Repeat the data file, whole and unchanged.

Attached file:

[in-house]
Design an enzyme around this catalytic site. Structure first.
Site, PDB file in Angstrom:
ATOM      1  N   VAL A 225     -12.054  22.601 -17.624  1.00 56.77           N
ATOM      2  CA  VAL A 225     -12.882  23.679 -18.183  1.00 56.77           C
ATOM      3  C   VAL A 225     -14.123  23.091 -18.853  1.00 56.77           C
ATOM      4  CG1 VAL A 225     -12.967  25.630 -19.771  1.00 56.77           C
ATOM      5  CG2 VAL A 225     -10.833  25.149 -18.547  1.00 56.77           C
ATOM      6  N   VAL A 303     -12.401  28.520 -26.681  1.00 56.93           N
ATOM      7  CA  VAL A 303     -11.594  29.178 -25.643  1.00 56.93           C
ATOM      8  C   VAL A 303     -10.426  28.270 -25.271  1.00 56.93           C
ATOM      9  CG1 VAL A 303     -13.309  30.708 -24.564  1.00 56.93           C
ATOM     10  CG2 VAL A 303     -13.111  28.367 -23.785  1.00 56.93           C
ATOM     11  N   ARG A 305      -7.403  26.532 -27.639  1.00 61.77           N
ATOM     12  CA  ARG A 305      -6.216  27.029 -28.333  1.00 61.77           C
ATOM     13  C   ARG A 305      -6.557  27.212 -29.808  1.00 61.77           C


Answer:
[in-house]
Design an enzyme around this catalytic site. Structure first.
Site, PDB file in Angstrom:
ATOM      1  N   VAL A 225     -12.054  22.601 -17.624  1.00 56.77           N
ATOM      2  CA  VAL A 225     -12.882  23.679 -18.183  1.00 56.77           C
ATOM      3  C   VAL A 225     -14.123  23.091 -18.853  1.00 56.77           C
ATOM      4  CG1 VAL A 225     -12.967  25.630 -19.771  1.00 56.77           C
ATOM      5  CG2 VAL A 225     -10.833  25.149 -18.547  1.00 56.77           C
ATOM      6  N   VAL A 303     -12.401  28.520 -26.681  1.00 56.93           N
ATOM      7  CA  VAL A 303     -11.594  29.178 -25.643  1.00 56.93           C
ATOM      8  C   VAL A 303     -10.426  28.270 -25.271  1.00 56.93           C
ATOM      9  CG1 VAL A 303     -13.309  30.708 -24.564  1.00 56.93           C
ATOM     10  CG2 VAL A 303     -13.111  28.367 -23.785  1.00 56.93           C
ATOM     11  N   ARG A 305      -7.403  26.532 -27.639  1.00 61.77           N
ATOM     12  CA  ARG A 305      -6.216  27.029 -28.333  1.00 61.77           C
ATOM     13  C   ARG A 305      -6.557  27.212 -29.808  1.00 61.77           C